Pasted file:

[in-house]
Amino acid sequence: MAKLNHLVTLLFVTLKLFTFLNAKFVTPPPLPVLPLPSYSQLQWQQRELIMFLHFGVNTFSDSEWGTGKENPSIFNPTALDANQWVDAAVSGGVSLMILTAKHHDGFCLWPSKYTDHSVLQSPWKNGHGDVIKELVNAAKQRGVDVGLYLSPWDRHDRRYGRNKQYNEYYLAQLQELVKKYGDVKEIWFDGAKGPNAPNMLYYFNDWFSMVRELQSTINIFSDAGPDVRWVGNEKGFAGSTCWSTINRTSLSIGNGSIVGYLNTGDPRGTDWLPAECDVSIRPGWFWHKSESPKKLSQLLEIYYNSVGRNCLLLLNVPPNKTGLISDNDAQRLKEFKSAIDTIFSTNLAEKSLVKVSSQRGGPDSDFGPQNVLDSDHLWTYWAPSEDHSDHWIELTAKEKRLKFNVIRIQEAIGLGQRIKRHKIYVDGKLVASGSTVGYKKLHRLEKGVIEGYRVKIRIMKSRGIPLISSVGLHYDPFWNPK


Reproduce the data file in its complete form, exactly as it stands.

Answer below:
[in-house]
Amino acid sequence: MAKLNHLVTLLFVTLKLFTFLNAKFVTPPPLPVLPLPSYSQLQWQQRELIMFLHFGVNTFSDSEWGTGKENPSIFNPTALDANQWVDAAVSGGVSLMILTAKHHDGFCLWPSKYTDHSVLQSPWKNGHGDVIKELVNAAKQRGVDVGLYLSPWDRHDRRYGRNKQYNEYYLAQLQELVKKYGDVKEIWFDGAKGPNAPNMLYYFNDWFSMVRELQSTINIFSDAGPDVRWVGNEKGFAGSTCWSTINRTSLSIGNGSIVGYLNTGDPRGTDWLPAECDVSIRPGWFWHKSESPKKLSQLLEIYYNSVGRNCLLLLNVPPNKTGLISDNDAQRLKEFKSAIDTIFSTNLAEKSLVKVSSQRGGPDSDFGPQNVLDSDHLWTYWAPSEDHSDHWIELTAKEKRLKFNVIRIQEAIGLGQRIKRHKIYVDGKLVASGSTVGYKKLHRLEKGVIEGYRVKIRIMKSRGIPLISSVGLHYDPFWNPK